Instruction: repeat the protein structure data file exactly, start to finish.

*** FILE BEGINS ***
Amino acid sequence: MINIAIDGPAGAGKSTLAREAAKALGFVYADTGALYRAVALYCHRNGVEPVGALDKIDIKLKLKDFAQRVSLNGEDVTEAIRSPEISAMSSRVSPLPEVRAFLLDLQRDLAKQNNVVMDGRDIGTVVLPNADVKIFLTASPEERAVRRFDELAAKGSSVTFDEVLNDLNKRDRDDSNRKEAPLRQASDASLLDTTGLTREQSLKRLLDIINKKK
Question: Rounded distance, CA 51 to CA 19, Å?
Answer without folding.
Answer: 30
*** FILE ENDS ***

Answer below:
Amino acid sequence: MINIAIDGPAGAGKSTLAREAAKALGFVYADTGALYRAVALYCHRNGVEPVGALDKIDIKLKLKDFAQRVSLNGEDVTEAIRSPEISAMSSRVSPLPEVRAFLLDLQRDLAKQNNVVMDGRDIGTVVLPNADVKIFLTASPEERAVRRFDELAAKGSSVTFDEVLNDLNKRDRDDSNRKEAPLRQASDASLLDTTGLTREQSLKRLLDIINKKK
Question: Rounded distance, CA 51 to CA 19, Å?
Answer without folding.
Answer: 30